BY SABRA STAFFORD
Both the surgeon general and the nation’s top infectious disease expert warned Americans on Sunday that the coming week would see some horrible numbers coming out as the nation tries to stop the spread of COVID-19.
“So on the one hand, things are going to get bad, and we need to be prepared for that,” Dr. Anthony Fauci, director of the National Institute of Allergy and Infectious Diseases, said on CBS News’ “Face the Nation.” “It’s going to be shocking to some. It certainly is really disturbing to see that. But that’s what’s going to happen before it turns around. So, just buckle down, continue to mitigate, continue to do the physical separation, because we’ve got to get through this week that’s coming up, because it is going to be a bad week.”
“This is going to be our Pearl Harbor moment, our 9/11 moment, only it’s not going to be localized, it’s going to be happening all over the country and I want America to understand that,” U.S. Surgeon General Dr. Jerome Adams said on “Fox News Sunday.”
The warnings preceded the news on Monday that the country had surpassed more than 10,000 deaths from COVID-19. By Tuesday morning, the number of deaths had grown to 11,830.
In Stanislaus County the number of positive COVID-19 cases grew to 81 as of Tuesday morning, with zero deaths. San Joaquin County reported 217 cases and 31 deaths on Tuesday morning. Merced County had 29 cases and one death as of Monday. Tuolumne County had two cases and zero deaths. Amador County reported three cases and no deaths. Calaveras County has five cases and zero deaths. Mariposa County has not reported any cases as of yet.
As time passes, researchers are learning more about the novel coronavirus, including the symptoms and how the virus develops in the body.
When the virus enters the body through the mouth, nose or eyes, it moves toward the mucos membranes at the back of the throat, usually resulting in a sore throat and dry cough, according to John Hopkins University.
From there, the virus can move to the lungs, which is where complications can develop. The virus can cause fluid to build up in the air sacs of the lungs, resulting in viral pneumonia, which does not respond to antibiotic treatments. People with severe cases will need to be placed on a ventilator to help with breathing. In the worst cases, people will develop acute respiratory distress syndrome, which can be fatal.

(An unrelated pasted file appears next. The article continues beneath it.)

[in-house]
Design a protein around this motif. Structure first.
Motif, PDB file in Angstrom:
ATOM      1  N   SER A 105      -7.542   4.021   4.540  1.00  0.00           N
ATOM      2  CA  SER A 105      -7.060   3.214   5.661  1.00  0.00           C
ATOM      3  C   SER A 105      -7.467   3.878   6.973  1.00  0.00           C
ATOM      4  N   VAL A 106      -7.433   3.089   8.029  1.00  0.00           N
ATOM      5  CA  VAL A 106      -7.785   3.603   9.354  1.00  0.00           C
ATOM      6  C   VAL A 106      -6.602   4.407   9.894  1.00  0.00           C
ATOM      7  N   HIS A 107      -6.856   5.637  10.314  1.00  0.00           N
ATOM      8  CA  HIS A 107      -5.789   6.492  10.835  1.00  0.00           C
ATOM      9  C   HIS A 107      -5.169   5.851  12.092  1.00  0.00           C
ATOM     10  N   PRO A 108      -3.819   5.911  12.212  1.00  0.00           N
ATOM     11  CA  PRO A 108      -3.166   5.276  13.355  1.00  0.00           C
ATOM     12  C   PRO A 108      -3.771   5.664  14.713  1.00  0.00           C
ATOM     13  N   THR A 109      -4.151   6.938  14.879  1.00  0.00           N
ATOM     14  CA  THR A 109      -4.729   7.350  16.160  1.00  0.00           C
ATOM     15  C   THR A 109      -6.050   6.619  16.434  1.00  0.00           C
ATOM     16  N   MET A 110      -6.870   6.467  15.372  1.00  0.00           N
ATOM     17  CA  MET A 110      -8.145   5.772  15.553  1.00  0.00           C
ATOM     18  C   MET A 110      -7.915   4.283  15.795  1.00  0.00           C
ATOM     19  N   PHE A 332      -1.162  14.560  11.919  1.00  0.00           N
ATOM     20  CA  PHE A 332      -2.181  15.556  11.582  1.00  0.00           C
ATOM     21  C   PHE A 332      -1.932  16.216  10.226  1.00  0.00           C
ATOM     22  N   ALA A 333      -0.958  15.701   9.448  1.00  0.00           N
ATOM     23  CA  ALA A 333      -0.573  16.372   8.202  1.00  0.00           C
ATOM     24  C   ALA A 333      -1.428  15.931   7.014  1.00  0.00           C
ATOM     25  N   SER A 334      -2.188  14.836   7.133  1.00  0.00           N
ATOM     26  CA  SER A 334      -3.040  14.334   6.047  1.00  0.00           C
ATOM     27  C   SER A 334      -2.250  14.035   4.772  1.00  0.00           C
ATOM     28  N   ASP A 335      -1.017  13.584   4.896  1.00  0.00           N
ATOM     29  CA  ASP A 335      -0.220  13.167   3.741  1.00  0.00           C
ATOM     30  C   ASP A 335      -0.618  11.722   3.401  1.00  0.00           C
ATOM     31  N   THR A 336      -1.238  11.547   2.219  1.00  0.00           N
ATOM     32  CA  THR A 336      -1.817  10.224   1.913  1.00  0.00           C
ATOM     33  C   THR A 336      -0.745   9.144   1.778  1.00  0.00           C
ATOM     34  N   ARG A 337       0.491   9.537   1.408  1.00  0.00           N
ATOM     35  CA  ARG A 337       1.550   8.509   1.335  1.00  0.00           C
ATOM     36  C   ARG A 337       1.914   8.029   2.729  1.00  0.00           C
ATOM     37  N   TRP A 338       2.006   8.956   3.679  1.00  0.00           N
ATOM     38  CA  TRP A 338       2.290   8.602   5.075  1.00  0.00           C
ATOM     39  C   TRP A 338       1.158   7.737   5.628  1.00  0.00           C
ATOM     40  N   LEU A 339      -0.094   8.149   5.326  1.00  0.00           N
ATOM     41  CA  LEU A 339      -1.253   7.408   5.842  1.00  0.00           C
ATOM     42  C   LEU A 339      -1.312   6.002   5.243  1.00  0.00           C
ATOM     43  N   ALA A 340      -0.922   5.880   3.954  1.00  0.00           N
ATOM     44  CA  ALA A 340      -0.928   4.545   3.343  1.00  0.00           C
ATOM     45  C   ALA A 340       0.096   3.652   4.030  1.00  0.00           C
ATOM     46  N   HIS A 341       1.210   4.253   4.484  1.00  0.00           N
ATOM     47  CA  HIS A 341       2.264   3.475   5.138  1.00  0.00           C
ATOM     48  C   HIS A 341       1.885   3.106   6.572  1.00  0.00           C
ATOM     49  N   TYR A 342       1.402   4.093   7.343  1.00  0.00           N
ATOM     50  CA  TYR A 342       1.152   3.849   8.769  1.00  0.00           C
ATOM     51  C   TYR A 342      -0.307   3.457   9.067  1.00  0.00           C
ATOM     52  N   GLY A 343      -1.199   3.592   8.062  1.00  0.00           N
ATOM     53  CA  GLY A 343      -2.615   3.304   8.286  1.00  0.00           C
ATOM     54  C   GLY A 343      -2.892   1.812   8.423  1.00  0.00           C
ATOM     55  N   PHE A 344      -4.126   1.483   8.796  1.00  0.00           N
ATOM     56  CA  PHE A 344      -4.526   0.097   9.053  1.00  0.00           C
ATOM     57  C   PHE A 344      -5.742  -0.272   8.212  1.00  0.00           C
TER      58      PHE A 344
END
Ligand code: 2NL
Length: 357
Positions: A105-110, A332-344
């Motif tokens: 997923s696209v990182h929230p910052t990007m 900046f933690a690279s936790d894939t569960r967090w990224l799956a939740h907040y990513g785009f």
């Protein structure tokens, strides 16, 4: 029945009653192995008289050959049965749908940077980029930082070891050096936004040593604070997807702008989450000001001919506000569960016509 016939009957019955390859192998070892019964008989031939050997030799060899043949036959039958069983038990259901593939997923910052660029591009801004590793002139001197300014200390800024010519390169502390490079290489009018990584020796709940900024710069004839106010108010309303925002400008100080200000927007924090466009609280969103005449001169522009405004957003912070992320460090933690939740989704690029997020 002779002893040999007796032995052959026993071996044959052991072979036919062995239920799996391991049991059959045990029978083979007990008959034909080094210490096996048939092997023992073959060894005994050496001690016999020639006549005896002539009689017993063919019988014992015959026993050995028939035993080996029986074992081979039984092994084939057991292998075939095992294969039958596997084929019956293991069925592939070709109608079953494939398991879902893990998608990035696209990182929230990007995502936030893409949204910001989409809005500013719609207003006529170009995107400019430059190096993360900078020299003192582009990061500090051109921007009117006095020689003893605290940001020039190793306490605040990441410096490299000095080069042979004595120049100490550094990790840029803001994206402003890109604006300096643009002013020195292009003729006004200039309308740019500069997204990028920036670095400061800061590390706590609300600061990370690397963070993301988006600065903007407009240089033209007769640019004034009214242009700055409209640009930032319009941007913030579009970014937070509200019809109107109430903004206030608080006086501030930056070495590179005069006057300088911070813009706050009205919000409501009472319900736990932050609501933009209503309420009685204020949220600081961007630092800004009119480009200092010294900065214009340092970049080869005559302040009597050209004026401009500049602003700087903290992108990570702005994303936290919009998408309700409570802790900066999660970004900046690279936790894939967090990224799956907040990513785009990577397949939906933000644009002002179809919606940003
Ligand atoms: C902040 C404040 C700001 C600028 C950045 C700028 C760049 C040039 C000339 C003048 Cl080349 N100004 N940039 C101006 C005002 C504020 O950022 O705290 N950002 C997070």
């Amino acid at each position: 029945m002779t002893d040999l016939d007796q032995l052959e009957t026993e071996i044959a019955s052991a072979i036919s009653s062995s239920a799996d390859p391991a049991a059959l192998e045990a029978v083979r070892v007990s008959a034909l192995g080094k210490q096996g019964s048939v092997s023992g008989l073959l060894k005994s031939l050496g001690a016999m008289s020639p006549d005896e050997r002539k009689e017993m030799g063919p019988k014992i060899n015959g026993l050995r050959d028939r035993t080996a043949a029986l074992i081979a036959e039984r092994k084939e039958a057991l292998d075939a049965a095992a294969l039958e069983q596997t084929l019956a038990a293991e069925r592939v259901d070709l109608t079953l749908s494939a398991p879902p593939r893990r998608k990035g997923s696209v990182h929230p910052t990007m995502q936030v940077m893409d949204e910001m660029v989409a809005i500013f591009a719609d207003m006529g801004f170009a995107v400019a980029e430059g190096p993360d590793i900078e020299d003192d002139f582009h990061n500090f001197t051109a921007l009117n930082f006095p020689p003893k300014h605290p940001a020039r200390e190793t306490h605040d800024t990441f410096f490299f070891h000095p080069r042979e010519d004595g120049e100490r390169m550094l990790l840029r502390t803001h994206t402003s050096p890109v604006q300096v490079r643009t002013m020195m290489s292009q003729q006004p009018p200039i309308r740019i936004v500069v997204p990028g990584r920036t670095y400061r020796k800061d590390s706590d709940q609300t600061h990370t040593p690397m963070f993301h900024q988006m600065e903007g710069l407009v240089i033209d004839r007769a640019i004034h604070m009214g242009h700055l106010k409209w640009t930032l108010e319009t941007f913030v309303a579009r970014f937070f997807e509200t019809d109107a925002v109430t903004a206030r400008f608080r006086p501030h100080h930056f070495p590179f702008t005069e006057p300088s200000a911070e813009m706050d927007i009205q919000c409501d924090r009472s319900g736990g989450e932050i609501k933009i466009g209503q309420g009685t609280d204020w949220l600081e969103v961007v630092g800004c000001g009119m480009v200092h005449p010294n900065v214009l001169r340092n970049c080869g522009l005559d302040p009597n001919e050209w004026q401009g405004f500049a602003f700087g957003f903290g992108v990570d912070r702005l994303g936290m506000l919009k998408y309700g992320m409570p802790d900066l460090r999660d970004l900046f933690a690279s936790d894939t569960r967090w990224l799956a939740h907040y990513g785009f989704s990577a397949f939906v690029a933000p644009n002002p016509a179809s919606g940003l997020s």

The Centers for Disease Control and Prevention has identifed the most common symptoms of COVID-19 as fever, dry cough, fatigue, muscle aches, headaches and shortness of breath. The World Health Organization has reviewed 55,000 cases from China and found gastrointestinal problems were also reported with some frequency.
Researchers using a smartphone app to track symptoms of COVID-19 confirmed patients around the globe also saw frequent reports of people losing their sense of smell and sense of taste. In some cases, people also reported coming down with pink eye.
Severe cases of COVID-19 might experience difficulty breathing, pain or pressure in the chest, confusion or inability to arouse, and bluish lips or face. If you are experiencing symptoms of COVID-19 and may have had contact with a person with COVID-19, or recently traveled to countries with apparent community spread, call your healthcare provider or local public health department first before seeking medical care so that appropriate precautions can be taken.
The best way to prevent illness is to avoid being exposed to this virus. The virus is thought to spread mainly from person-to-person between people who are in close contact with one another (within about 6 feet). This occurs through respiratory droplets produced when an infected person coughs or sneezes. These droplets can land in the mouths or noses of people who are nearby or possibly be inhaled into the lungs. Older adults and people who have severe underlying chronic medical conditions like heart or lung disease or diabetes seem to be at higher risk for developing more serious complications from COVID-19 illness.
Health officials recommend people:
– Wash hands with soap and water for a minimum of 20 seconds.
– Avoid touching eyes, nose or mouth with unwashed hands.
– Cover a cough or sneeze with your sleeve, or disposable tissue. Wash your hands afterward.
– Avoid close contact with people who are sick.
– Stay away from work, school or other people if you become sick with respiratory symptoms like fever and cough.